Twenty years ago, I wrote a book about the death of men’s hats. A strange subject, yes. But I was curious. You’d see these photos of, say, men at a baseball game in the 1920s. A sea of identical straw hats. That uniformity vanished. Why?
I spent several years researching the topic — and no, it wasn’t John F. Kennedy. He was following the trend, not leading it. The Kennedy era is when people started to really notice the change.
What happened was this. There were two practical reasons for men to wear a hat: first, to keep warm; second, and most importantly, as a sign of social status. Hats were expensive, and a well-maintained hat showed its wearer as a man of means. Or not. “You get a couple of spots on your hat and you’re finished,” Willy Loman observes in the 1947 tragedy, “Death of a Salesman.”
That changed. Men weren’t waiting for streetcars and buses as much. They were in automobiles. Which had heaters. A fancy hat wasn’t needed to impress that clerk. Your credit card did the talking. After the practical uses eased, the social necessity followed. The bottom line: men wore hats because they had to, and once they didn’t have to, they stopped. For decades there was talk about hats coming back, but they never did and never will. They became superfluous, an occasional luxury.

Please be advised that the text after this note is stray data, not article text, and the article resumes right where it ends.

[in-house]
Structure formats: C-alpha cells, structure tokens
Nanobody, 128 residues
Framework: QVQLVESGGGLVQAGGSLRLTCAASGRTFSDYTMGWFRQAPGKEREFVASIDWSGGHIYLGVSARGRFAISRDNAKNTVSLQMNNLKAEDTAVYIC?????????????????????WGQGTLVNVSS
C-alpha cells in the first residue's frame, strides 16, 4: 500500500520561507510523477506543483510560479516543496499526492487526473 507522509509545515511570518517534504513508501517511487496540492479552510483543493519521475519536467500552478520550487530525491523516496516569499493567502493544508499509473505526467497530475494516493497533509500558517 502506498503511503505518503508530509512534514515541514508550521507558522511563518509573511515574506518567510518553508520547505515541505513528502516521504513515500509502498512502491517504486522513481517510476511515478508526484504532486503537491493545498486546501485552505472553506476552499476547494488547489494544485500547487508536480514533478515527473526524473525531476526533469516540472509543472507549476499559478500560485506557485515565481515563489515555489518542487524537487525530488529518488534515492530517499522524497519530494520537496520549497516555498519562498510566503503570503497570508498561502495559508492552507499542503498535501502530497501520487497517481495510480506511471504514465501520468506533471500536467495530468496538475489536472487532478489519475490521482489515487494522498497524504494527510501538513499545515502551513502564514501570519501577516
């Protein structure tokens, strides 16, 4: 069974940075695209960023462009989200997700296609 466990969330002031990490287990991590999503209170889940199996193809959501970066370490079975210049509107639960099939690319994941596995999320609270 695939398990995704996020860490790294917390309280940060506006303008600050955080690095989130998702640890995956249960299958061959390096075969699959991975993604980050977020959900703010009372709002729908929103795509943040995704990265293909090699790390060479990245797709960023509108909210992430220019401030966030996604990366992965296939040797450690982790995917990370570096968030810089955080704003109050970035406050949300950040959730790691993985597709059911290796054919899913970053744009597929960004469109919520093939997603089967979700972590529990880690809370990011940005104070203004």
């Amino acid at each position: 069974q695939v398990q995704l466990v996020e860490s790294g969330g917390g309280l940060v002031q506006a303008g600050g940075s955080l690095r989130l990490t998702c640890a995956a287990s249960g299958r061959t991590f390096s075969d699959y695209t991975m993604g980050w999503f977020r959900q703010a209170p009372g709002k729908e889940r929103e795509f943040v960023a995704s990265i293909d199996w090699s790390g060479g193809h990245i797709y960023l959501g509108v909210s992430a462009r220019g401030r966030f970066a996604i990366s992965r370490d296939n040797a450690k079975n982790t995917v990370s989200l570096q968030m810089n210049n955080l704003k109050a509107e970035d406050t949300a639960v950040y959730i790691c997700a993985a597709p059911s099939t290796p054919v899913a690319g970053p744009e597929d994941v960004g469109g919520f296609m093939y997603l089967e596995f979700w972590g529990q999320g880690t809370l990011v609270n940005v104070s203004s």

Jump to 2023. This dynamic came tumbling back as I watched the latest round of businesses and government leaders vowing that their workers were coming back to the office. Any moment now. Three days a week. Or two. Or one. Starting soon. To enjoy that magic synchronicity that comes from being at the office. Lured by foosball and cocktail hours.
When the truth is, people went to the office because they had to. And now they don’t.
COVID, like Kennedy, drove home the new reality. Many people can do their jobs without ever setting foot in the office. Thanks to technology, smartphones and laptops, we can sit in our pajamas and process claims or design bridges or write columns.
Now look at going into an office. The average commute in Chicago is 32 minutes. An hour lost right there. Add in office chatterboxes, treks to Starbucks, restaurant lunches. You get more work done at home. Bosses tend to overvalue being in the office and under their watchful eye.
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